- Cost of developing concept?
- Can the concept be brought to market successfully given sales and marketing capabilities?
Launch Assessment Criteria
- Is the concept strong and differentiated enough to get listed? (fmcg concept)
- Level of marketing and sales support investment?
- Estimated time before ROI?

These are just a few of the assessment criteria I would consider using. But as I mentioned above, the criteria that you use need to be discussed and finalised internally with your colleagues and with the managers who control internal resources. And there are surely specific assessment criteria that your company need to add given your market objectives and circumstances. Good luck!

Nice new organic coffee and grocery shop concept by swedish retailer Coop

Well, is it new or not? I claim that it is new simply because I cannot find any information about it on the Coop website or anywhere else... Isn't that a bit strange? Well, it might be a little less secret now when I write about it...  I spotted this organic concept store in Gothenburg this weekend and the idea and execution was so nice so I had to write about it.
The swedish retailer Coop has been positioning itself as the most organic and fair trade retailer in the market for a long time. And this positioning could indeed be very appealing for consumers. This concept store is one step on the way... a very positive step! I want to know more about Coops plans for this concept!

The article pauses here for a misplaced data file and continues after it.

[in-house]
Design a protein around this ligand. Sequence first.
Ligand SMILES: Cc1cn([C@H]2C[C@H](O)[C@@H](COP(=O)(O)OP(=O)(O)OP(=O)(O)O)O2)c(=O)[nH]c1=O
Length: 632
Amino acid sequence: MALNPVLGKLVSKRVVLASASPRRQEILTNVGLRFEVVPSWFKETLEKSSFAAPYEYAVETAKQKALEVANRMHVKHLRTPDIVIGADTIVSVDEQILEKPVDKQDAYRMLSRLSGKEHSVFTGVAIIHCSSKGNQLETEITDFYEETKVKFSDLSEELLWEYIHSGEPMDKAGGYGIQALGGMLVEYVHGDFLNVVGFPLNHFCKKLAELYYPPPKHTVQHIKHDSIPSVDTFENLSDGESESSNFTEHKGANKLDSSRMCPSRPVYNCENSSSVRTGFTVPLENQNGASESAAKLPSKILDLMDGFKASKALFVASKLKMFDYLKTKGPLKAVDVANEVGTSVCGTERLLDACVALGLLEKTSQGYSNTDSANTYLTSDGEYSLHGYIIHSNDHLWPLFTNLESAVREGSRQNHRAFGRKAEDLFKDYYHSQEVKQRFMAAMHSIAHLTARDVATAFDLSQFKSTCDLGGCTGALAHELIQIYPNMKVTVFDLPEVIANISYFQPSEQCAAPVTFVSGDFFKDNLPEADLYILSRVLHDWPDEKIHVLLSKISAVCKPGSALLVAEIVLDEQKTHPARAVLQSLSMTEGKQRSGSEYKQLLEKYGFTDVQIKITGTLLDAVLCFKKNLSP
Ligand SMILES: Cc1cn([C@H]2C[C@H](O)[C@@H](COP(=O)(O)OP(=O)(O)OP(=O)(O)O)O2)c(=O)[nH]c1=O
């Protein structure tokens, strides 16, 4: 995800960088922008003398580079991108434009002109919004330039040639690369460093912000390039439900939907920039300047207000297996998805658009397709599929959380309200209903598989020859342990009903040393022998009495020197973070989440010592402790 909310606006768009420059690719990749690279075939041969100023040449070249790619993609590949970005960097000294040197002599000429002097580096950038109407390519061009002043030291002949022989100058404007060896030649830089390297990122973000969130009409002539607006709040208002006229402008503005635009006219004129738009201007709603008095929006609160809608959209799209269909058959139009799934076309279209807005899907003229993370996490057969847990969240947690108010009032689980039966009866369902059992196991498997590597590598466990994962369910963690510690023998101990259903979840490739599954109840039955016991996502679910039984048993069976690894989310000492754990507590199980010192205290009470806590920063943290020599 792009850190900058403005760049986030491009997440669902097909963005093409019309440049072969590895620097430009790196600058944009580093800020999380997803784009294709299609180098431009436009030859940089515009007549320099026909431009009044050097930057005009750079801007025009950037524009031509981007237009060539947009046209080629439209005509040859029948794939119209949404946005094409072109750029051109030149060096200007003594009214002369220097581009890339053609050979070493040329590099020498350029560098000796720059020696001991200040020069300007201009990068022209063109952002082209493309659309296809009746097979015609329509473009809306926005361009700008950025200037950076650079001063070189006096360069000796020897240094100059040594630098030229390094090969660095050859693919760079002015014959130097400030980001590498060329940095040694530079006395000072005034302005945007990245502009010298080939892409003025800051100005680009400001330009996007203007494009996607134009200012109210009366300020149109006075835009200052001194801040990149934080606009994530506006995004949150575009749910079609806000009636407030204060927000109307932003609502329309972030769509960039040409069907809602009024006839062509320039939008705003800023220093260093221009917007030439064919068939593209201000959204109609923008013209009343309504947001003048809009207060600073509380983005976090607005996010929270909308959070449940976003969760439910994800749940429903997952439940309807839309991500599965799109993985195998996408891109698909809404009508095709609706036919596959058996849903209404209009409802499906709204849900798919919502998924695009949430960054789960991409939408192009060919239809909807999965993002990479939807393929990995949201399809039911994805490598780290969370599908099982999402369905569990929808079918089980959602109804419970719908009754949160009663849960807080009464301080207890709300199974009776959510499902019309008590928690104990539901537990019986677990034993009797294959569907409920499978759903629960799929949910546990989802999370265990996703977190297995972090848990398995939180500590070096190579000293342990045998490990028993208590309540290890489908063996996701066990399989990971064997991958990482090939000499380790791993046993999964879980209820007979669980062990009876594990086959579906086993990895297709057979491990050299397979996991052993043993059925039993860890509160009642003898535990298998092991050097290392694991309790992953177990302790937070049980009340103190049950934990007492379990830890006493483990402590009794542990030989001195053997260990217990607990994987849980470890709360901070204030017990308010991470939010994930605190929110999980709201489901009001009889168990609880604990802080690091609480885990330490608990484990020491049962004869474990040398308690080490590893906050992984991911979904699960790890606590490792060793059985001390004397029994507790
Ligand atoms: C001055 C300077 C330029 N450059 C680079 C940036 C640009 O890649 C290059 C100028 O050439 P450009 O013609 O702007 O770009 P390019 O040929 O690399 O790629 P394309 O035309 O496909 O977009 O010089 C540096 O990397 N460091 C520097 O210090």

Thursday, November 19, 2009

10 most important consumer trends for 2010

Excellent trend analysts Trendwatching have summarised the 10 most important consumer trends for 2010. It's very interesting reading - so do take a look!

I had the privilege of attending one of their briefing seminars in London a few years back and ever since then I've been a big fan. Rainer Evers and his trends team all over the globe do a great job synthesising, analysing and presenting the themes that will have a great impact on how we live and consume tomorrow.

Tuesday, November 17, 2009

Bliw soap – Great new Nordic themed brand repositioning